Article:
Last updated: January 24. 2014 10:27AM - 922 Views
By - dvanderford@civitasmedia.com

Derik Vanderford|Daily TimesLegendary college football coach Bobby Bowden speaks at the Philippi Baptist Church annual Sportsman Supper on Thursday.
Derik Vanderford|Daily TimesLegendary college football coach Bobby Bowden speaks at the Philippi Baptist Church annual Sportsman Supper on Thursday.
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UNION — More than 500 people gathered at a local church on Thursday to hear the testimony of one of the most well known college football coaches of all time.

The Philippi Baptist Church Family Faith Center was packed wall to wall with people who came to meet and listen to the testimony of Coach Bobby Bowden.

Bowden coached the Florida State Seminoles from 1976-2009, guiding the team to more than 300 wins, two national championships, 12 ACC titles, and finishing among the top five in the country for 14 consecutive seasons. Bowden also led the Seminoles to bowl games in 28 consecutive seasons, and during his 34-year tenure as FSU head coach, he only had one losing season — his first. Before he became head coach at Florida State, Bowden coached the West Virginia Mountaineers from 1970-1975 and the Howard Bulldogs (former Howard College in Birmingham, Ala.) from 1959-1962. Bowden was inducted into the College Football Hall of Fame in 2006, and he coached his final game on Jan. 1, 2010, leading the Seminoles to a 33-21 victory over West Virginia in the Gator Bowl.

Associate Pastor Tommy Mann introduced Bowden to those in attendance on Thursday as the greatest college football coach in history. Mann said he had always admired Bowden, even though he is a lifelong Florida Gators fan. Mann said he admired Bowden for his actions, and mentioned a section of Bowden’s autobiography in which he discussed leading devotions with his players despite it not always being popular. Mann quoted Bowden from the book:

“I would rather be spiritually correct than politically correct.”

Bowden had those in attendance roaring with laughter from the time he took the microphone. He joked about subjects ranging from football to marriage to parenting to driving in Florida. Bowden said his wife used to tell him that he loved football more than he loved her.

“I heard that every year — ‘you love football more than me,’” Bowden said. “I said, ‘college or pro?’”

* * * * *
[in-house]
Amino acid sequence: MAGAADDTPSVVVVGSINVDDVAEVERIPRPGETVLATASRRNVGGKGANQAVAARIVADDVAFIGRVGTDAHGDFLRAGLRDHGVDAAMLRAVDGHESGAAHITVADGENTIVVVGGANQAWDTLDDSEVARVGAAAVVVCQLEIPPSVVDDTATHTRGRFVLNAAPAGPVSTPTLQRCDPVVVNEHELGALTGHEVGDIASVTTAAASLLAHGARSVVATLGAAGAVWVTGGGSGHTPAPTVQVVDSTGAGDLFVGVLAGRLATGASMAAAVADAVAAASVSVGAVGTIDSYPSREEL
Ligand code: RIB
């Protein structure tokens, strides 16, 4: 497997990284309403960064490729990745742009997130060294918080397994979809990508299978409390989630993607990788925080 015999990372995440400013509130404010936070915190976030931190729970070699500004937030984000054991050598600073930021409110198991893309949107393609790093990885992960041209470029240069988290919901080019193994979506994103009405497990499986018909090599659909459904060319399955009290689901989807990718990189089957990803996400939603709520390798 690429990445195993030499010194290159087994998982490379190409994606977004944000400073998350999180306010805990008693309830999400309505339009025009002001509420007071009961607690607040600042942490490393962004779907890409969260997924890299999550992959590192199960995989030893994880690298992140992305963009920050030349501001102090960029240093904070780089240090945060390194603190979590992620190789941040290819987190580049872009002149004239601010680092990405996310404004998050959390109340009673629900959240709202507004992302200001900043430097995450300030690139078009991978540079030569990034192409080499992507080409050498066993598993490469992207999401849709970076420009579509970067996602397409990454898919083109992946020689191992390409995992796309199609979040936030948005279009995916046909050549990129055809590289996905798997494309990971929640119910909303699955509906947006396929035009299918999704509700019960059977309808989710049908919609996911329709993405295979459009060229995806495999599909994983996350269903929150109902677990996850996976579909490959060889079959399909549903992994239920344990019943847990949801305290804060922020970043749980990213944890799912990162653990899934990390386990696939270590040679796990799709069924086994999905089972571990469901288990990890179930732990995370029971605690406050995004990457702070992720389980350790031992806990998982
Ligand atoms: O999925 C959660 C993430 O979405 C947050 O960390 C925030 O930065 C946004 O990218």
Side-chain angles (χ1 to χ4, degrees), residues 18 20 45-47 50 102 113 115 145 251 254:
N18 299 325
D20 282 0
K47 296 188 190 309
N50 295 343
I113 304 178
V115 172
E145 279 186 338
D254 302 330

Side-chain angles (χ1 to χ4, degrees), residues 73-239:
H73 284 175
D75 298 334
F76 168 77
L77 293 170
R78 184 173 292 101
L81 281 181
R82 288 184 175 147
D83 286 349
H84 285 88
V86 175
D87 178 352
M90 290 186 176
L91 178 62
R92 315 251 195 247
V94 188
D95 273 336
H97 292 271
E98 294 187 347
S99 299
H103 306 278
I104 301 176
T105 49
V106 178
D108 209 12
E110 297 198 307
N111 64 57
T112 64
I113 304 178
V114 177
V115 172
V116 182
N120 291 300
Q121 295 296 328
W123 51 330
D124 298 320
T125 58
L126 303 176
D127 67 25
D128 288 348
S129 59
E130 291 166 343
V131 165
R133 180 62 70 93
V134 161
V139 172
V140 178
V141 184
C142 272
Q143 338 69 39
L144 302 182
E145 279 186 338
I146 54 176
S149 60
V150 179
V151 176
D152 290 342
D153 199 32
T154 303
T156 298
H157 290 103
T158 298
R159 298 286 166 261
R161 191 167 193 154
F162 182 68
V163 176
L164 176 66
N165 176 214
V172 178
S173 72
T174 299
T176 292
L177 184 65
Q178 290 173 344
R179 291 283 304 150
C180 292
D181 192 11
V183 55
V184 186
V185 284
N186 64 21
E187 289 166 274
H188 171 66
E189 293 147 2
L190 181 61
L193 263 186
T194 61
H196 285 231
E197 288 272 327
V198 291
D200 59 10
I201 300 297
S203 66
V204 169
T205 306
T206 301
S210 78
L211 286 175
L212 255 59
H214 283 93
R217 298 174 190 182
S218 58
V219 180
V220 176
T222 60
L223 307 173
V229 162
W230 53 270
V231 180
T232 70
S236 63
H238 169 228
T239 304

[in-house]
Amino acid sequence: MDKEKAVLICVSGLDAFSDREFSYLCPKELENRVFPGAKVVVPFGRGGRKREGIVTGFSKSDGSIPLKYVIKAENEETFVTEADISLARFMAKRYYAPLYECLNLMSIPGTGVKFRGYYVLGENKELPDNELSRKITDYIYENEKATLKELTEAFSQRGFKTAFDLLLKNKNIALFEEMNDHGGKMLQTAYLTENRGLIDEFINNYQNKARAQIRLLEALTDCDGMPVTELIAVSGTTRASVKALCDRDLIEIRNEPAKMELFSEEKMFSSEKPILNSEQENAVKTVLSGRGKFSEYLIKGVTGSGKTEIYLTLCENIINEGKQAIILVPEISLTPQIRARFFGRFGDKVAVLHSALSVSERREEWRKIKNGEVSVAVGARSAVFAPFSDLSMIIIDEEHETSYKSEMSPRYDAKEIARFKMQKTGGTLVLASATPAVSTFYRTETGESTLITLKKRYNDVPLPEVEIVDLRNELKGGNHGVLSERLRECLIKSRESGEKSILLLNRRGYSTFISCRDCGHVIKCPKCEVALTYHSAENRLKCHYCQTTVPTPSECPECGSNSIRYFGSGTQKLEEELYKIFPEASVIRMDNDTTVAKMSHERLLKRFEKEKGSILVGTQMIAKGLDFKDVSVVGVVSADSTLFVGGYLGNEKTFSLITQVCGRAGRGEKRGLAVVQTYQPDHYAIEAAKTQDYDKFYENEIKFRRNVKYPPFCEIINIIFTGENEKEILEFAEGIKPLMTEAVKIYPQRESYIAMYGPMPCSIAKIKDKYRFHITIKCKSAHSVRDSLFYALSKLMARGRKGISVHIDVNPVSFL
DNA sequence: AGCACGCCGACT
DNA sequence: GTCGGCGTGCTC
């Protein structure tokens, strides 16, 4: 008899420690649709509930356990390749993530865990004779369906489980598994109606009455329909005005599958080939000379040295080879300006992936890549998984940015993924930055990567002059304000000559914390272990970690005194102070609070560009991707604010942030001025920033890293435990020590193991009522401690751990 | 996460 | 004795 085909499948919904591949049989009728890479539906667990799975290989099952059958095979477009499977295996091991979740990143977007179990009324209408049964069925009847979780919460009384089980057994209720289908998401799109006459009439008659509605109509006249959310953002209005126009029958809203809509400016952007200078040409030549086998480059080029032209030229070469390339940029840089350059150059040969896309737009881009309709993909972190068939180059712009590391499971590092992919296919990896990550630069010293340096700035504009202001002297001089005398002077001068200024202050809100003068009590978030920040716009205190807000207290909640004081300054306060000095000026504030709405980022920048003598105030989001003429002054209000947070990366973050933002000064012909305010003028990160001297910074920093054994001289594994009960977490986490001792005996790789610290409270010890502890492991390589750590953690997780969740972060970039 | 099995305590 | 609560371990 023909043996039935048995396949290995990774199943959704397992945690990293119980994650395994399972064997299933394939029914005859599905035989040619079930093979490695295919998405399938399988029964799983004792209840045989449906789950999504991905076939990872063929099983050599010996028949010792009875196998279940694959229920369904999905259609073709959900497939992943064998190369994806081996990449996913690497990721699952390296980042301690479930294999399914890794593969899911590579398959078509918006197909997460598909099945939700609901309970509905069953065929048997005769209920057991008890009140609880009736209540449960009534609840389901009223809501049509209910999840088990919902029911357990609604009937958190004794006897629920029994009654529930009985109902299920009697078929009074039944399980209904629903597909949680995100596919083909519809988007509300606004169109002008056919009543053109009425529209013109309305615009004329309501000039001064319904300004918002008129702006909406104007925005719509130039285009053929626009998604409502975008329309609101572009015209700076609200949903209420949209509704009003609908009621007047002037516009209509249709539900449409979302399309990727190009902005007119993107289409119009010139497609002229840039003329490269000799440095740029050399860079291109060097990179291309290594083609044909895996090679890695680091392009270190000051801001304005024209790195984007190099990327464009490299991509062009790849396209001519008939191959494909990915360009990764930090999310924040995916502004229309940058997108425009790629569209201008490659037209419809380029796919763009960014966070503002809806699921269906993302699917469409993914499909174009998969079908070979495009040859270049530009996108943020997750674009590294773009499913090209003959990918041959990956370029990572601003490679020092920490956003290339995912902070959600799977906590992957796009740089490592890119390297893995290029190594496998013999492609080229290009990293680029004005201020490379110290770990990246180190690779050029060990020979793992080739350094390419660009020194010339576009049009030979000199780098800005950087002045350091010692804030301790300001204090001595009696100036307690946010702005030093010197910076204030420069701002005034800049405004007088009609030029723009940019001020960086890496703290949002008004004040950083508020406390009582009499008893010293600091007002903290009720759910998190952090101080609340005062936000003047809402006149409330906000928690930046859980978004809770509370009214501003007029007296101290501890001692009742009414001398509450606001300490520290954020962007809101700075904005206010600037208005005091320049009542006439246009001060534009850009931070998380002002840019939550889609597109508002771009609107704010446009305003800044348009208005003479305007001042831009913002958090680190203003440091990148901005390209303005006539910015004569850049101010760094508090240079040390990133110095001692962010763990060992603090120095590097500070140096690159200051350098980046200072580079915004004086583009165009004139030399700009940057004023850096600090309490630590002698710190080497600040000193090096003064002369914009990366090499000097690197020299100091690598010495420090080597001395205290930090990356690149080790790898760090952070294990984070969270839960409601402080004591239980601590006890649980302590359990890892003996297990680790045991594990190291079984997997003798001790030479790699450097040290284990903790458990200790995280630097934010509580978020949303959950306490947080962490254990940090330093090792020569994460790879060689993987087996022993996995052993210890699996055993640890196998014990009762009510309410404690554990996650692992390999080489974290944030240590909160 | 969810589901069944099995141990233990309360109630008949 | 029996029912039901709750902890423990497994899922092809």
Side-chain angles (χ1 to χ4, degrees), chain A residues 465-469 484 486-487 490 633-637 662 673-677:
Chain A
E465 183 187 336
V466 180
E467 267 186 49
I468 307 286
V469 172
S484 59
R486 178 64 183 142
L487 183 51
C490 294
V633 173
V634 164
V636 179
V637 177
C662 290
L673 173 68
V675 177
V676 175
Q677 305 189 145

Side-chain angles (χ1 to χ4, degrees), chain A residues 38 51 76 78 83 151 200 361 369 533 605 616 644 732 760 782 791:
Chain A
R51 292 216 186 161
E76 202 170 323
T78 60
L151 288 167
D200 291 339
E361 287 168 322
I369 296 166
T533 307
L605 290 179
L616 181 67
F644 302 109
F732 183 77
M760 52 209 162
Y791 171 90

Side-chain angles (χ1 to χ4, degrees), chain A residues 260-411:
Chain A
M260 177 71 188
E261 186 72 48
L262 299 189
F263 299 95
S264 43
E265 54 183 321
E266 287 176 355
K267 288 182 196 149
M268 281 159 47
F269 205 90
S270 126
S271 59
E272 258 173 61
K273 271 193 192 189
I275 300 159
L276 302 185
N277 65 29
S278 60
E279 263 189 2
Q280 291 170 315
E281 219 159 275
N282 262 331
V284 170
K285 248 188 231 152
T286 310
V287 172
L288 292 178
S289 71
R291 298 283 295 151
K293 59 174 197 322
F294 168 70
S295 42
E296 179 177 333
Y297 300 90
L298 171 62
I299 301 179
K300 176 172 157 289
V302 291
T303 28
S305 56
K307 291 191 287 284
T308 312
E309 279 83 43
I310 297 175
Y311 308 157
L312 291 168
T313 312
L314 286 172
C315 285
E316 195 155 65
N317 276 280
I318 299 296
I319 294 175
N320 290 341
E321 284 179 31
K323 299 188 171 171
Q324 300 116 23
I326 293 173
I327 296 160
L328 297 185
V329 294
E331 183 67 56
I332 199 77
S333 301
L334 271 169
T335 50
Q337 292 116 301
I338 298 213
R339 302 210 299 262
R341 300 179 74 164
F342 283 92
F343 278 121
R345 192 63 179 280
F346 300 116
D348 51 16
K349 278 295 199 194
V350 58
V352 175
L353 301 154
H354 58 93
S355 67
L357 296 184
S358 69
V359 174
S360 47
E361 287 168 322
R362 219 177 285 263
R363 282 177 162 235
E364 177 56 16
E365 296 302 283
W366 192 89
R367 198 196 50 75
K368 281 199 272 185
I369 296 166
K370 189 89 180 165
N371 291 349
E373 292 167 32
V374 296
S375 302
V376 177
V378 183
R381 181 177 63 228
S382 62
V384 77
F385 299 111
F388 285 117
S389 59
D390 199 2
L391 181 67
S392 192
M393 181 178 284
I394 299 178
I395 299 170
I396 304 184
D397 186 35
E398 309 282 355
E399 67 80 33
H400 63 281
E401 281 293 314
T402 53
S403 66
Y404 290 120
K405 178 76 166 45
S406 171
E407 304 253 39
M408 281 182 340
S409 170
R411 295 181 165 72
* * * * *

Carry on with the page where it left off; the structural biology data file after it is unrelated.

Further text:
Bowden then began to talk to those in attendance about his testimony and his love for Jesus Christ. He said he would often tell his team at the end of each year that it was the last time they would all be together.

“I can tell you too,” Bowden said Thursday evening. “This is the last time we’ll all be here together like this. But if you believe in Jesus Christ, we’ll all be together again one day.”

For years, Bowden has been a supporter of the FCA (Fellowship of Christian Athletes), and he explained why.

“I think our nation has a great need for the FCA,” Bowden said. “Parents in our nation are not getting their kids into church anymore.”

Bowden said he was asked at the end of his coaching career if boys had changed over the years.

“Boys haven’t changed; parents have changed. If you’re old enough, you remember back in the days when everybody had a daddy.”

Bowden said he can remember at one point in his coaching career at FSU when nearly 75 percent of his team members had grown up in a household without a father in the home. He said they had all been raised by mothers, grandmothers, aunts and other family members.

“Thank God for those mothers, but where are the daddies?” Bowden asked. “FCA is trying to fill that void. FCA is trying to get coaches to be like fathers because they might be the only father some of these kids ever know.”

Bowden closed with a story about playing baseball in his youth. He talked about not being able to hit the ball until one game in which he finally connected.

“I finally hit it solid; it came flying off the bat,” he said.

Bowden described watching the ball as he rounded the bases. He mentioned tagging second base and eventually third as the third-base coach waved him to home.

“I heard the last thing he said, ‘Bud, hurry!” Bowden said.

Bowden described watching the catcher’s eyes open wider as he prepared to catch the ball and tag him out. Bowden said he ran into the pitcher and hit home plate, and the umpire said he was safe with a home run. Bowden said his teammates all came out to congratulate him, but then he heard the first baseman yell to the catcher to throw him the ball. The catcher threw it, the first baseman tagged the base, and Bowden was out because he had missed first base when he rounded the bases. Bowden then explained the meaning of the story. He said second base represented the good things he had done, and third base represented the honors he had won.

“Except they didn’t count because I didn’t touch first,” Bowden said, explaining that first base represented Jesus. “You can do all those other things, but they don’t mean a thing without Jesus. If I can remind you to do anything, be sure you give your life to Jesus.”

Derik Vanderford can be reached at 864-427-1234.

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